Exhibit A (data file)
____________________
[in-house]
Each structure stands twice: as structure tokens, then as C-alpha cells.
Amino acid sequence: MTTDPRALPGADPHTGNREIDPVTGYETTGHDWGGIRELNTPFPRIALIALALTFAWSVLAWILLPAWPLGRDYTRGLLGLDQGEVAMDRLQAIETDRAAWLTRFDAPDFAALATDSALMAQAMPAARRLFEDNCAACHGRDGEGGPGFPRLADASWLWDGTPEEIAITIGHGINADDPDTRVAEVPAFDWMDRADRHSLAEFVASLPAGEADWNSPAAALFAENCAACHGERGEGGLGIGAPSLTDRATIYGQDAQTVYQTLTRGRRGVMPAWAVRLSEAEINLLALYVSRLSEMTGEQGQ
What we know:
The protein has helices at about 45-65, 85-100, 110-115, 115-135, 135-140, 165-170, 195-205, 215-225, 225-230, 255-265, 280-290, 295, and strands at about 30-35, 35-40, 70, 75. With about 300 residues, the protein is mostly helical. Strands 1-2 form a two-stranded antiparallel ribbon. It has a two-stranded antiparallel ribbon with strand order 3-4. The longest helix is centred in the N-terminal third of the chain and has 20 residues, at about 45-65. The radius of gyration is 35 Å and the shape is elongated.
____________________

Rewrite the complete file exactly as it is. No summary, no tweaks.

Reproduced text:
[in-house]
Each structure stands twice: as structure tokens, then as C-alpha cells.
Amino acid sequence: MTTDPRALPGADPHTGNREIDPVTGYETTGHDWGGIRELNTPFPRIALIALALTFAWSVLAWILLPAWPLGRDYTRGLLGLDQGEVAMDRLQAIETDRAAWLTRFDAPDFAALATDSALMAQAMPAARRLFEDNCAACHGRDGEGGPGFPRLADASWLWDGTPEEIAITIGHGINADDPDTRVAEVPAFDWMDRADRHSLAEFVASLPAGEADWNSPAAALFAENCAACHGERGEGGLGIGAPSLTDRATIYGQDAQTVYQTLTRGRRGVMPAWAVRLSEAEINLLALYVSRLSEMTGEQGQ
What we know:
The protein has helices at about 45-65, 85-100, 110-115, 115-135, 135-140, 165-170, 195-205, 215-225, 225-230, 255-265, 280-290, 295, and strands at about 30-35, 35-40, 70, 75. With about 300 residues, the protein is mostly helical. Strands 1-2 form a two-stranded antiparallel ribbon. It has a two-stranded antiparallel ribbon with strand order 3-4. The longest helix is centred in the N-terminal third of the chain and has 20 residues, at about 45-65. The radius of gyration is 35 Å and the shape is elongated.